The country’s two most powerful families teamed up to take the top leadership posts. How long will their political ambitions allow them to work together?
In reflecting on my feelings towards the 2022 Presidential Elections, I asked my parents what it was really like to live under Ferdinand Marcos Sr.’s dictatorship.
Many fear for the country's future, as early results indicate the return to power of a family responsible for one of the Philippines' darkest periods.
36 years since the Philippines ousted the dictator Ferdinand Marcos, his son and namesake is leading the race to become president.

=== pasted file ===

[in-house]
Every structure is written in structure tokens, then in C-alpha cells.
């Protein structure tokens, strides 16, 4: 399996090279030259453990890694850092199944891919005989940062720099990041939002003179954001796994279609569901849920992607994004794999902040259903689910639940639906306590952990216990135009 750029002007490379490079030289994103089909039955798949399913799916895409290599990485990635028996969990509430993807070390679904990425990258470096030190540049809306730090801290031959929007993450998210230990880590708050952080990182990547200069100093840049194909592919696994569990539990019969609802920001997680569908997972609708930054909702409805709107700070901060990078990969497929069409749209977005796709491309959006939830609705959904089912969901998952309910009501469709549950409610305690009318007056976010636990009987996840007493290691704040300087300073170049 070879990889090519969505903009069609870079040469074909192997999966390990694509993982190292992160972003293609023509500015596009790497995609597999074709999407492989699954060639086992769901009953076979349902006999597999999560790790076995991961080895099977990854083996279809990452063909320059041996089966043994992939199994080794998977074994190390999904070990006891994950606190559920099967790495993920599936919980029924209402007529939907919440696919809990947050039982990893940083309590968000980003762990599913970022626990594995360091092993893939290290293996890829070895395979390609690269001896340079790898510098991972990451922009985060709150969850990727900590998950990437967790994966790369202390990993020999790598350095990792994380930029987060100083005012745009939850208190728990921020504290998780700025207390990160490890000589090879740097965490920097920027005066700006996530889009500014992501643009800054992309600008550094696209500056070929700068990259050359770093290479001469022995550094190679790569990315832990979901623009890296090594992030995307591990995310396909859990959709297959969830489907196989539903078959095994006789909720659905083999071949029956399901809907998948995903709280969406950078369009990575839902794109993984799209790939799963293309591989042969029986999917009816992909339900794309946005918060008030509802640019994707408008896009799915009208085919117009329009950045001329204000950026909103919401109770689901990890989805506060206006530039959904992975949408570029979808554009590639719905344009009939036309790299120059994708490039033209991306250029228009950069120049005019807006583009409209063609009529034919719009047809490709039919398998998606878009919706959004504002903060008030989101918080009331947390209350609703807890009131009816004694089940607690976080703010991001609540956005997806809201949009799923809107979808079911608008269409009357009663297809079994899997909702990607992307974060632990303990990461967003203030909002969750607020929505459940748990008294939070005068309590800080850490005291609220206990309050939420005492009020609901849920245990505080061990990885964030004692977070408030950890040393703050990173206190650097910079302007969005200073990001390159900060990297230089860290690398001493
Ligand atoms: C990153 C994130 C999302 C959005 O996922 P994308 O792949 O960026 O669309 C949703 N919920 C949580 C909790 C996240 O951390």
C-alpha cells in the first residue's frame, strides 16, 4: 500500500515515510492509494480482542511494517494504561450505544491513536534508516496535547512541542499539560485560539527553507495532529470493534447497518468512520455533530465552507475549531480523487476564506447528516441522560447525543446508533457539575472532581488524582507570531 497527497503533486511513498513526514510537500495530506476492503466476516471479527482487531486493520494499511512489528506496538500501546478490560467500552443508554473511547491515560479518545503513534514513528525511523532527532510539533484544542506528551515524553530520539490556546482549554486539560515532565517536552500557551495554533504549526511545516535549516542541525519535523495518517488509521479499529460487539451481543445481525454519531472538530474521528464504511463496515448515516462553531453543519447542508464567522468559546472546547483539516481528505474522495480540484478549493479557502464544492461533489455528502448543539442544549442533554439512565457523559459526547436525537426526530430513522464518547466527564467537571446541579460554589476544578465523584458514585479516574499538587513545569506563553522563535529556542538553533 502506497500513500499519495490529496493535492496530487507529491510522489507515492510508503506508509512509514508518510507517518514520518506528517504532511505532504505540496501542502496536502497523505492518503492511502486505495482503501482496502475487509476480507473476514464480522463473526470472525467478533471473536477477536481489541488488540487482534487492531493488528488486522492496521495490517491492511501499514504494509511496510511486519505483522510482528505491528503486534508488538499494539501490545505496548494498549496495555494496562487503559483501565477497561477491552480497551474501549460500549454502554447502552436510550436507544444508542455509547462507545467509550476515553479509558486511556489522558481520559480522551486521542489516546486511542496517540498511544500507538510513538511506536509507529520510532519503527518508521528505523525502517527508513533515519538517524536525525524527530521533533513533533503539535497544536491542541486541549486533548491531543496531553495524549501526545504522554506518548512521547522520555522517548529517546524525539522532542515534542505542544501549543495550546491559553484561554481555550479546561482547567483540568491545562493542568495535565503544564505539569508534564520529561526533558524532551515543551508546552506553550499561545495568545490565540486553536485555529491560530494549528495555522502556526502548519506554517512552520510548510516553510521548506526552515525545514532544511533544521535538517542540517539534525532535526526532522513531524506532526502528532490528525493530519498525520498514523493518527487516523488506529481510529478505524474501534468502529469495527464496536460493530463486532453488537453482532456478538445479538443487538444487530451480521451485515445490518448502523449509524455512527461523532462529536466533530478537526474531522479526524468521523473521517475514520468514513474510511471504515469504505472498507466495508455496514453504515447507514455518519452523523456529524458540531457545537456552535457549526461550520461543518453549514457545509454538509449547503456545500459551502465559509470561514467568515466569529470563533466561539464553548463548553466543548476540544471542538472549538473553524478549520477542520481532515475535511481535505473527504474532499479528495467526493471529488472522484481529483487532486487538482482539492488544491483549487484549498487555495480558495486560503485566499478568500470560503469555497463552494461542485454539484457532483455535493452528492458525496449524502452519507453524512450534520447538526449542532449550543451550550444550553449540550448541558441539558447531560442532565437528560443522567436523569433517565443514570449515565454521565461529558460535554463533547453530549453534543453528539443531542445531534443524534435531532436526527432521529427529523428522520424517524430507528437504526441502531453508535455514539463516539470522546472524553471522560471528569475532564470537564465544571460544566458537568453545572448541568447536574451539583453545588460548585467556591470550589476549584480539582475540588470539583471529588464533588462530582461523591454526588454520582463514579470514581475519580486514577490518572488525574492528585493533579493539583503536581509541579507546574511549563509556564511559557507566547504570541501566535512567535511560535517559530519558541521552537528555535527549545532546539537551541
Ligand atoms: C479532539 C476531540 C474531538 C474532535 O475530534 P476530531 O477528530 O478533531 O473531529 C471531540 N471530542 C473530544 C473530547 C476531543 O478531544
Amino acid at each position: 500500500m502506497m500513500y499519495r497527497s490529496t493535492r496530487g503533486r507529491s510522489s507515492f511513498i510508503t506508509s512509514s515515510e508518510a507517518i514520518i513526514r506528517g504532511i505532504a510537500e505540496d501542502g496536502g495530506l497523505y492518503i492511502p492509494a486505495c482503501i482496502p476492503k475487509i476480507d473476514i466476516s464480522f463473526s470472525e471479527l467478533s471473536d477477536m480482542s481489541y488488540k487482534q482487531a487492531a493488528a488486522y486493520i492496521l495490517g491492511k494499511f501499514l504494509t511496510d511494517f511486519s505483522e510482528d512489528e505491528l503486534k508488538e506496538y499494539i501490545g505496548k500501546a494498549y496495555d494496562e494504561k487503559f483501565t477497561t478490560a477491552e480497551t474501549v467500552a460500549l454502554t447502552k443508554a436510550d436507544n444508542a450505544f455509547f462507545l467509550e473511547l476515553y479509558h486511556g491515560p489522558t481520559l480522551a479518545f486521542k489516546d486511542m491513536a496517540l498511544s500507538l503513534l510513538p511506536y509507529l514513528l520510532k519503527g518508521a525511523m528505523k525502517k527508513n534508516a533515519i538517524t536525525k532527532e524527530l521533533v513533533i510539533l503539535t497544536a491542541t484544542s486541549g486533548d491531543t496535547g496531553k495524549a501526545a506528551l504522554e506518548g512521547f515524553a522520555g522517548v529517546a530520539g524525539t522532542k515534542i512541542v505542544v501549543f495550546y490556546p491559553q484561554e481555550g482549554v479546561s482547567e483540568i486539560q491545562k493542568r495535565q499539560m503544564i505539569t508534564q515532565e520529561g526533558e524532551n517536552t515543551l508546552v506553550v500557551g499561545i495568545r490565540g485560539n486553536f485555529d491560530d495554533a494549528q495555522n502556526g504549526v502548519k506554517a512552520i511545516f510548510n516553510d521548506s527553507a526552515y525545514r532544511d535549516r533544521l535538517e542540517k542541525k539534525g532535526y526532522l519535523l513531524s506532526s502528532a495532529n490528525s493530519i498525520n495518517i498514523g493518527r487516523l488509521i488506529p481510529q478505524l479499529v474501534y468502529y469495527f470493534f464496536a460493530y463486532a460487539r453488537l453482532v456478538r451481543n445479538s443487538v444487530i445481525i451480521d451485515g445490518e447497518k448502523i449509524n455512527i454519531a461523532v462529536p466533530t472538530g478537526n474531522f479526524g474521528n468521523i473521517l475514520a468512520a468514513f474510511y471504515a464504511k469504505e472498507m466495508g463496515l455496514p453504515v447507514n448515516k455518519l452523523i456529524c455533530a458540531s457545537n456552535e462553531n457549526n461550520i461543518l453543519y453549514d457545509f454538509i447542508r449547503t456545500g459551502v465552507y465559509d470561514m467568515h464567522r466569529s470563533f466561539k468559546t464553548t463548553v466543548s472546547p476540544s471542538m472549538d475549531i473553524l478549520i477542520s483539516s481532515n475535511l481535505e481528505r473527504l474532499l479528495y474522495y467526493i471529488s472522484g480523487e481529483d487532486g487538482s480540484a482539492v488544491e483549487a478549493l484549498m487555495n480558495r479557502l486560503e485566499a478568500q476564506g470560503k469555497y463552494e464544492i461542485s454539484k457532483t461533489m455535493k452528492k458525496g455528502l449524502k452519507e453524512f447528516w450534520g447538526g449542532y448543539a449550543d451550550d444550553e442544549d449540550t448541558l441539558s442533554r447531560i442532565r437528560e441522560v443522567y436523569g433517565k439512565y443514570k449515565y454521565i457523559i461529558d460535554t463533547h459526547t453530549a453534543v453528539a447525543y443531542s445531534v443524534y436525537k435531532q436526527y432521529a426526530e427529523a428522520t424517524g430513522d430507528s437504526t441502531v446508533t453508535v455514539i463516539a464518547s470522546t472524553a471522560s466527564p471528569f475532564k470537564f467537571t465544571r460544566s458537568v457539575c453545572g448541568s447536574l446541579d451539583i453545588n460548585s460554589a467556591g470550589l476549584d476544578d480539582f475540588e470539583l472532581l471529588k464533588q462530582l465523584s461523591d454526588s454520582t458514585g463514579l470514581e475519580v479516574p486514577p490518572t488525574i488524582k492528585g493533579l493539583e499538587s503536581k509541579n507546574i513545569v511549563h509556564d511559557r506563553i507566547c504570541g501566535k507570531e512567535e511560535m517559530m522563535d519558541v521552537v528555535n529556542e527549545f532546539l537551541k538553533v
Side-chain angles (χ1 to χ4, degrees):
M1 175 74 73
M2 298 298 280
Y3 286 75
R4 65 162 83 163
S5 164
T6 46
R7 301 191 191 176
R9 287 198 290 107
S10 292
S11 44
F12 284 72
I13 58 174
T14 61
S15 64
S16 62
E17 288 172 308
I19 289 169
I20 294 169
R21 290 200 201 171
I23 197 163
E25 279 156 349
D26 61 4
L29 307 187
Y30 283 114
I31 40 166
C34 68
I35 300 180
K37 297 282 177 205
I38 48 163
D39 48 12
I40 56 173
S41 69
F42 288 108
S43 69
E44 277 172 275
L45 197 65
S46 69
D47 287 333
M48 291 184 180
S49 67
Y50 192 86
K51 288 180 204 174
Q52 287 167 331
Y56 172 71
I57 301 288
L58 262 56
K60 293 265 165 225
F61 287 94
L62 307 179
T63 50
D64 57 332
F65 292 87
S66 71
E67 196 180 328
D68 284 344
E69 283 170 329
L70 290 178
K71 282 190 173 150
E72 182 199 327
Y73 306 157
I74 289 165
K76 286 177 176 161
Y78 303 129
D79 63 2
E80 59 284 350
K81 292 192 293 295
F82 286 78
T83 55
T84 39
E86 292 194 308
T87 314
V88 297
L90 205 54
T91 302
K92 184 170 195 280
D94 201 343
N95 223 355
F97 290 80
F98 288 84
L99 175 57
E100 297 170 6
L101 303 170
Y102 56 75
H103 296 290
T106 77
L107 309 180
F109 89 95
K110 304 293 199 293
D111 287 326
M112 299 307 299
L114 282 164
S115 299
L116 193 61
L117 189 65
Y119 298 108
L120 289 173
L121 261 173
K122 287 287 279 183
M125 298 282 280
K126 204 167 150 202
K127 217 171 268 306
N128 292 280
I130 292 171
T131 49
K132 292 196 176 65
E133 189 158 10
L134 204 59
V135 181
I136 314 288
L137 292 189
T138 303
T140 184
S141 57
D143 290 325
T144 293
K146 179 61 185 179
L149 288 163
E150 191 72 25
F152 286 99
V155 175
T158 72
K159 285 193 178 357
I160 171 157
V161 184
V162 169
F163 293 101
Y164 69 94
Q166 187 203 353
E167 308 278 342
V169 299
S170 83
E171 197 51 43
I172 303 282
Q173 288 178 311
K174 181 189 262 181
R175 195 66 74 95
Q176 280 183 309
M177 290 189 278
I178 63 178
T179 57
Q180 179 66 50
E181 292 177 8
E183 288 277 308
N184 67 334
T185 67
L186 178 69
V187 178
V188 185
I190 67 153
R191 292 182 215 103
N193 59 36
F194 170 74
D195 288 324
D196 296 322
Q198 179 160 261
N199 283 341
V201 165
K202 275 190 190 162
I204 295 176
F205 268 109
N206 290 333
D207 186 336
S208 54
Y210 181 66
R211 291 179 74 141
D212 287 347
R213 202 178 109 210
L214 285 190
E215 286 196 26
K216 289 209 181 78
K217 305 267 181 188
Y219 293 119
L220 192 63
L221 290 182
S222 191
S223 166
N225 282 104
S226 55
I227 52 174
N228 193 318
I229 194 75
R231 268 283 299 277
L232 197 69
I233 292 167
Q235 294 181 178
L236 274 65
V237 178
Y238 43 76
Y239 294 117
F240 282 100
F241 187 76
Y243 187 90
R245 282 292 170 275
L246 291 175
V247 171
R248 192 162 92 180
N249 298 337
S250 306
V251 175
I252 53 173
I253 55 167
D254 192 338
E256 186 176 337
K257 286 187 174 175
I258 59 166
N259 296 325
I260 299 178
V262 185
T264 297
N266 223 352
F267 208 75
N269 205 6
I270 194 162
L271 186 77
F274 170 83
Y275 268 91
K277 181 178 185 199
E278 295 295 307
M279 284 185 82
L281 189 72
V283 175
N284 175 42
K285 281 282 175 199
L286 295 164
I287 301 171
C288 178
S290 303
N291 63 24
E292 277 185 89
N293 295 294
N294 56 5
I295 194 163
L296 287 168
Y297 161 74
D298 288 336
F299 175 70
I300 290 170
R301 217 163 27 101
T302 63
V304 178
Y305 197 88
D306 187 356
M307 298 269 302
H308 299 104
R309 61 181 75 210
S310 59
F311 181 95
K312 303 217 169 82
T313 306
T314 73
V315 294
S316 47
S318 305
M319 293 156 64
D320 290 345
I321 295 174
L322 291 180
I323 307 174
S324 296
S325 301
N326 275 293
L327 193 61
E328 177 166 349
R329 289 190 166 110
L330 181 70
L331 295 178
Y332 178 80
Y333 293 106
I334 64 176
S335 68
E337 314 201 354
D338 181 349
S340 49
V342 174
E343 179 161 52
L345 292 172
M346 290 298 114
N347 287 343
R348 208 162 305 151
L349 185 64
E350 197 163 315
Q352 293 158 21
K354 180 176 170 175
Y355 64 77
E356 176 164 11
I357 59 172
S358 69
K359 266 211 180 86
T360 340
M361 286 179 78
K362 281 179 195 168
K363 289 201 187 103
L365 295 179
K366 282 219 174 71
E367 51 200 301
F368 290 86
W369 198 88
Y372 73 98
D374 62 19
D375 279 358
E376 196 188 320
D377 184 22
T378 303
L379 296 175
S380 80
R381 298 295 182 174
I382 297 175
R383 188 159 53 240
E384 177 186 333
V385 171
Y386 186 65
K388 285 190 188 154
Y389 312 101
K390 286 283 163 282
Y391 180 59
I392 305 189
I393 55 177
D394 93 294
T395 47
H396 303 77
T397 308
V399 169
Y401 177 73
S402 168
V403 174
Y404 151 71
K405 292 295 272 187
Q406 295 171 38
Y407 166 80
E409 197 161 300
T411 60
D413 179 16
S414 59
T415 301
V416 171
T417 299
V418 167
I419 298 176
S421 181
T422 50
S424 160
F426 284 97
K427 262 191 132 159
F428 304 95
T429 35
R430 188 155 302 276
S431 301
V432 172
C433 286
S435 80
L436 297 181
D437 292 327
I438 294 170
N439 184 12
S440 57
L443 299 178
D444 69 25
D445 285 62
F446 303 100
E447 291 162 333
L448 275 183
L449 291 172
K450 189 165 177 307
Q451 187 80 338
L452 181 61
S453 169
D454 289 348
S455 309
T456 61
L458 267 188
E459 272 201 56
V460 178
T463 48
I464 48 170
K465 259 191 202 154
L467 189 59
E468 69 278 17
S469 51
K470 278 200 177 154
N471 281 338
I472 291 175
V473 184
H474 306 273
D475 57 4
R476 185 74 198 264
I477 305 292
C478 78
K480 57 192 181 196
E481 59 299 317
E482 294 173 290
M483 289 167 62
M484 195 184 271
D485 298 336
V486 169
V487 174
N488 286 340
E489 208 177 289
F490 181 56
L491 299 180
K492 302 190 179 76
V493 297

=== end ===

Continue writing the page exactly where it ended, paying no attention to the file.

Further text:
TikTok is only now discovering what Filipinos have always known: Avocado is a dessert.
The findings hint at the scale of the problem in the Philippines, where a mix of poverty and strong internet access has led to thriving online abuse.
Some post fan edits of presidential candidates online, while others hold up lightsticks during campaign events.
Their death certificates said they died of heart attacks or strokes, but a postmortem examination found bullet holes in their bones.
After two years of muted Lenten events amid the COVID-19 pandemic, vendors outside Manila's churches are happy to be back in business.
“Everyone was saying ‘good day’ to my friend and I thought he was just a manager or something. Apparently, he’s the owner.”